Four women have been selected in order to run the most distant office in the world and count penguins in Antarctica, according to a report fromBBC.
Despite a record number of applicants, Clare Ballantyne, Mairi Hilton, Natalie Corbett, and Lucy Bruzzone have been chosen for the most strange job to lead the team in charge of Goudier Island's historic site Port Lockroy.
Port Lockroy, the post office that also used to function as a museum got shut during the Covid-19 pandemic. The U.K. Antarctic Heritage Trust announced the reopening of Port Lockroy, and four job openings: Base leader, postmaster, store manager, and wildlife monitor reported CBS News.
After getting selected, Ms Ballantyne will be working as a postmaster, Ms Hilton is a wildlife monitor, Newlywed Ms Corbett as a shop manager and Ms Bruzzone as the base leader.
To reopen the bay for the first time since the coronavirus outbreak, the crew will travel 9,000 miles from the UK.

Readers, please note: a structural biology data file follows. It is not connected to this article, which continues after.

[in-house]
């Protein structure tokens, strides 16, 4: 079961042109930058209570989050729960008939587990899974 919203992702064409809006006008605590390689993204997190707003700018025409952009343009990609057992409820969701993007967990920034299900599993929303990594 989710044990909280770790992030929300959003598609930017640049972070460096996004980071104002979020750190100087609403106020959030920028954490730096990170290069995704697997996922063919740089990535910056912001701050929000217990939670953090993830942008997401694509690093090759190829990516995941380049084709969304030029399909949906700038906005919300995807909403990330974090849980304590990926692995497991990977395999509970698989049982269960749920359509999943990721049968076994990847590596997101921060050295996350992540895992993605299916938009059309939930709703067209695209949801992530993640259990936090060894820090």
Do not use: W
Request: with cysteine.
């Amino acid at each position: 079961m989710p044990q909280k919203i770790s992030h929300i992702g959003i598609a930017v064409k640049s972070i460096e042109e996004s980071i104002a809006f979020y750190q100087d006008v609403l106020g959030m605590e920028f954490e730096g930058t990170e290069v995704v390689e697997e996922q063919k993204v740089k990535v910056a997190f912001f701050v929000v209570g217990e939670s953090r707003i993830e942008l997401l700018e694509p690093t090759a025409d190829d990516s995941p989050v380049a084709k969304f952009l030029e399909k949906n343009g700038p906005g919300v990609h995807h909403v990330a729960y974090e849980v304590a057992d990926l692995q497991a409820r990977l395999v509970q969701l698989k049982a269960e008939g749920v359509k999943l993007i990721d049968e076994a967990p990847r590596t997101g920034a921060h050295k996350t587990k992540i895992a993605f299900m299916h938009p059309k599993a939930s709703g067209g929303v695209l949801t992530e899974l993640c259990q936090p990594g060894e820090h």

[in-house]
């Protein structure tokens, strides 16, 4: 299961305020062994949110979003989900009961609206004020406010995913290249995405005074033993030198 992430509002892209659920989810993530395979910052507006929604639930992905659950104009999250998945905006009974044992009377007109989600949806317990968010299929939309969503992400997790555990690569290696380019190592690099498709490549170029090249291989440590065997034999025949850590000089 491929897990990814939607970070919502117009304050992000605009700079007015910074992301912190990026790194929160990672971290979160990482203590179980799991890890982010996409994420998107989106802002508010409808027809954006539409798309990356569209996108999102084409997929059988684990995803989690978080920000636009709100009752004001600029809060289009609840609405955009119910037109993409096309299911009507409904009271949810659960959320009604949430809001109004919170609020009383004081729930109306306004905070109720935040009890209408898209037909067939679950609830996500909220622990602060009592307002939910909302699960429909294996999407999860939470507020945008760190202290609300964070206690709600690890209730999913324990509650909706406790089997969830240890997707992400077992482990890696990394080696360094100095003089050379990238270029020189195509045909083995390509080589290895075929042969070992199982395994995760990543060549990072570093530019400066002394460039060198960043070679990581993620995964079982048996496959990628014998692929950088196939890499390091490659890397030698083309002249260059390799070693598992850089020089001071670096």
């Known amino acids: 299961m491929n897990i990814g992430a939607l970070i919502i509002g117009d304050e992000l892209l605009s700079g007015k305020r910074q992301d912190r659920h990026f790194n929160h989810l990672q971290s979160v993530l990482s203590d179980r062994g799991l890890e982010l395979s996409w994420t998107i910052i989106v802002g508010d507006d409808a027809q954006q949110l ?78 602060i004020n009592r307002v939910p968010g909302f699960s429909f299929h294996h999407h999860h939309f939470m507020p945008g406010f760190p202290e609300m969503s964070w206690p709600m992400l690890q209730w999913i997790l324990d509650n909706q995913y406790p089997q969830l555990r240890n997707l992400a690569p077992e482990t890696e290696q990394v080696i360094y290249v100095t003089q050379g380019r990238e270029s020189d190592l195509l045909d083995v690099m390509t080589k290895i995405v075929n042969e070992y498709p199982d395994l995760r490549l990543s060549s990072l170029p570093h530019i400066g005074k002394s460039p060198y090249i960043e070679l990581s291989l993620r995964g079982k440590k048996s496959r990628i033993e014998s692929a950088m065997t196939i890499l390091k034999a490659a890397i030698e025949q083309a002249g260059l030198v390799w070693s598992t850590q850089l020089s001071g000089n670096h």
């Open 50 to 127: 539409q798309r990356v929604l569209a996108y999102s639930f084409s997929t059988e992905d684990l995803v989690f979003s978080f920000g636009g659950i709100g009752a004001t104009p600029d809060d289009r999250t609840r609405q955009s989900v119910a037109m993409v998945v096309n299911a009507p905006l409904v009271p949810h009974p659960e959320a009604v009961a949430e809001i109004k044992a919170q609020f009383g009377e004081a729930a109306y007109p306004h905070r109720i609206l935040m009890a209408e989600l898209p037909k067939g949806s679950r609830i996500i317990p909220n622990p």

As quoted by CBS News, the trust said, "The team will work for five months at Goudier Island in the Antarctic Peninsula, abandoning all home comforts."
The selected candidates will endure subzero conditions and without access to running water and toilets. They will have practically constant daylight since the continent has six months of brightness in the summer (October to February) and six months of darkness in the winter (March to September).
According to CBS News, the four candidates will live in close proximity to a colony of Gentoo Penguins, whose census is required as part of the trust's mission to observe and safeguard the birds.
The trust's responsibility is to protect the wildlife's influence and British Antarctic Heritage. It also maintains the island's structures and assets, keeps track of the number of ships and tourists and manages the most southern post office and gift shop.
According to the UK Antarctic Heritage Trust (UKAHT), the women will start their training this month, taking lessons from a "penguinologist" and undergoing remote first aid instruction. They will set off on their expedition in the first part of November and remain there until March 2023, CBS News Further said.